Wednesday, January 21, 2009
WEDNESDAY, Jan. 21 (HealthDay News) -- Among patients with lung cancer, black patients are less likely than white patients to undergo recommended lung resection, but the disparity in treatment does not appear to have an impact on outcomes, according to research published in the January issue of the Archives of Surgery.
Farhood Farjah, M.D., of the University of Washington in Seattle, and colleagues conducted a study of 17,739 patients who were recommended for lung cancer resection, of whom 89 percent were white and 6 percent were black, with a mean age of 75 years.
Whereas 83 percent of white patients underwent lung resection, only 69 percent of black patients did so, the investigators found. Although 36 percent of blacks survived for five years, versus 42 percent of whites, once the data was adjusted for confounding factors, the differential became insignificant, the researchers report.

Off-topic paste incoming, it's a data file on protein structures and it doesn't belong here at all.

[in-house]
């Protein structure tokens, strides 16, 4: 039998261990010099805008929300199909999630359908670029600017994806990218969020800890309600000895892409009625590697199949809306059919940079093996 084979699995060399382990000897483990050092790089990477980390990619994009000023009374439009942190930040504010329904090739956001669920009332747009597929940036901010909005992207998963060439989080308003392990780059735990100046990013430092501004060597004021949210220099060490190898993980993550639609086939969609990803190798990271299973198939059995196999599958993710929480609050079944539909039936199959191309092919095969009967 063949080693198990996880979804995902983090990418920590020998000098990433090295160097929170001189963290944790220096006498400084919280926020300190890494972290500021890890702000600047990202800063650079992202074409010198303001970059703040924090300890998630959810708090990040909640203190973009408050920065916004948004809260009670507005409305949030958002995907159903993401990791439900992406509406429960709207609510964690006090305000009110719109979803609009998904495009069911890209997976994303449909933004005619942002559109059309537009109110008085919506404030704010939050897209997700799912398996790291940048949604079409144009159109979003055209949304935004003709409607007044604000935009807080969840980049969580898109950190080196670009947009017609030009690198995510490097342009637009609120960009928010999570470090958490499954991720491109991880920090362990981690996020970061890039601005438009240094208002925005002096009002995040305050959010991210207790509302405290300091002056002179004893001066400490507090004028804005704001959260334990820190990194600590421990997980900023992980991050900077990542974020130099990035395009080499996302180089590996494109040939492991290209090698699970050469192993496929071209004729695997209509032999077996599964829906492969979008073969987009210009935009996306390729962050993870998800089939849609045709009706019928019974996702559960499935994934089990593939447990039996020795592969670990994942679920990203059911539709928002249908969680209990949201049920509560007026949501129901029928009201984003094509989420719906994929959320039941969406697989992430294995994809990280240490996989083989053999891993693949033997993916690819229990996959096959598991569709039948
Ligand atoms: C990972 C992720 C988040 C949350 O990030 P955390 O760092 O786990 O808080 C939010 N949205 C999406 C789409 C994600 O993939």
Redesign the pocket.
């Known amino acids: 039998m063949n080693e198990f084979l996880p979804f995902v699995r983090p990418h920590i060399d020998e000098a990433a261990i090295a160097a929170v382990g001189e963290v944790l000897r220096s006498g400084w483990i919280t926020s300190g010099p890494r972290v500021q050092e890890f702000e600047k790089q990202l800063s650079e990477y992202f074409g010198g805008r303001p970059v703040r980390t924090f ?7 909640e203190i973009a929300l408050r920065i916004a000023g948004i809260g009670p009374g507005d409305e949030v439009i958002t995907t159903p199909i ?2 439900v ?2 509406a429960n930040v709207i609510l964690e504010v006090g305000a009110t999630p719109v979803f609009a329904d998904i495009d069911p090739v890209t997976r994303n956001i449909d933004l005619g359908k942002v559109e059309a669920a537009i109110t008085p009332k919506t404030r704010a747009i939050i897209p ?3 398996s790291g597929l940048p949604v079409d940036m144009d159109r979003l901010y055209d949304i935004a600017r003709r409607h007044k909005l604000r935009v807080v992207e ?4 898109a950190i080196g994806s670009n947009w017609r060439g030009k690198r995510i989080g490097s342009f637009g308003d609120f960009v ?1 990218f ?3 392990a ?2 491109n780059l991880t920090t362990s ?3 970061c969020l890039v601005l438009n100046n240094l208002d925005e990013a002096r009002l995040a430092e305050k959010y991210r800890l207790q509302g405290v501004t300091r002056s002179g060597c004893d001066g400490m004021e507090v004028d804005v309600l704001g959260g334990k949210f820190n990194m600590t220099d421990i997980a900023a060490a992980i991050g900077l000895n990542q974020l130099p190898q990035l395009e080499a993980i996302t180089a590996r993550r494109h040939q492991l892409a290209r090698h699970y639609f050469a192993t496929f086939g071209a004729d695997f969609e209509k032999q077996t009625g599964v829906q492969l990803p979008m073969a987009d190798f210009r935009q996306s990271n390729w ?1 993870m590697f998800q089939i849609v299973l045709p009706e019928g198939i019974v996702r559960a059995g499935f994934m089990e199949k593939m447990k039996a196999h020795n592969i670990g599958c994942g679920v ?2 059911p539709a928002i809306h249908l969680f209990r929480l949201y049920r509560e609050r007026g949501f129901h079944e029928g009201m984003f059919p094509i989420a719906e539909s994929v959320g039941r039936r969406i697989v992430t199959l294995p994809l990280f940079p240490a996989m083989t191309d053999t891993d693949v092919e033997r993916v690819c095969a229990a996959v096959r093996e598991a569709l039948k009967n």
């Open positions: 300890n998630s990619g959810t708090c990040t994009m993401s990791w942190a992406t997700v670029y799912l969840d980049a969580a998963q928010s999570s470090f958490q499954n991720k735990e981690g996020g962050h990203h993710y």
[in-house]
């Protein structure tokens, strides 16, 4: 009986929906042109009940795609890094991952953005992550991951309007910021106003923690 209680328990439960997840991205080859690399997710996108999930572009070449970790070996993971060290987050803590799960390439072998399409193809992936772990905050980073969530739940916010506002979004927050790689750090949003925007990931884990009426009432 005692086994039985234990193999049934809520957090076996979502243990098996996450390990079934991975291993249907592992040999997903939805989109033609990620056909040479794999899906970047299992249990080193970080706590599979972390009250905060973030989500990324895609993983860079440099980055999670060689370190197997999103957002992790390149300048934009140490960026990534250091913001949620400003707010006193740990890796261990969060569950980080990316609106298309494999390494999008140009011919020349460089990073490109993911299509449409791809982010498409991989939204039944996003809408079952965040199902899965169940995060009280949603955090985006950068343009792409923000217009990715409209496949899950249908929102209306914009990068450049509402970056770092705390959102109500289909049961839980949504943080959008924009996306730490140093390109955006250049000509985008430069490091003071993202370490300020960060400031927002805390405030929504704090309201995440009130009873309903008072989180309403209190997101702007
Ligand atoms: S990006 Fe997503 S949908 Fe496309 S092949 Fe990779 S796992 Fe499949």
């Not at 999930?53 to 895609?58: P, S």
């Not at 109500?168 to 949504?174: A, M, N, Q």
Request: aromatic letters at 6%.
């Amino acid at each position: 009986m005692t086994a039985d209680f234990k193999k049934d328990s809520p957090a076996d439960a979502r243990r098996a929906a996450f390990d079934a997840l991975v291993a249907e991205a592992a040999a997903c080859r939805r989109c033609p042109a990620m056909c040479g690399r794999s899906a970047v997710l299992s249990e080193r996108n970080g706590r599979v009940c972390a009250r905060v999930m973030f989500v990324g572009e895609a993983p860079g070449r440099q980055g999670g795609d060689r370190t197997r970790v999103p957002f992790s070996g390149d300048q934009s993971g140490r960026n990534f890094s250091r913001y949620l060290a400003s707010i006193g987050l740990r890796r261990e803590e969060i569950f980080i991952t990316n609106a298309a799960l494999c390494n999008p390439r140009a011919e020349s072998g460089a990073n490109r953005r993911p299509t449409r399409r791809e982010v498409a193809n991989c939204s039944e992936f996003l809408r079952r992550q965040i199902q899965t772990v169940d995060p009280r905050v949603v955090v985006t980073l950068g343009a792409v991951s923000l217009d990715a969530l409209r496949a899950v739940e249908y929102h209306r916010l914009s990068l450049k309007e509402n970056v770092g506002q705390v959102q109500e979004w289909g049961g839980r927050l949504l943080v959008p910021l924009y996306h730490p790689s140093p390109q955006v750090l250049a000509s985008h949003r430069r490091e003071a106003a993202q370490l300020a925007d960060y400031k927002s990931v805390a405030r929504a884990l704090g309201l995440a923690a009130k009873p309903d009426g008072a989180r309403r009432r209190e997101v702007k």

"Although these findings do not refute the likely roles of health care system and provider biases and patient characteristics as important causal factors underlying health disparities, the findings do suggest that other factors (i.e., distrust, perceptions and beliefs about lung cancer and its treatment, and limited access to subspecialty care) may have a more dominant role in causing disparities than previously recognized," the authors write. "The implication of these findings is that interventions designed to narrow gaps in health care should target structural aspects of care, providers, and patients and communities at risk for lung cancer and suboptimal care."
Diabetes & Endocrinology
Copyright © 2009 ScoutNews, LLC. All rights reserved.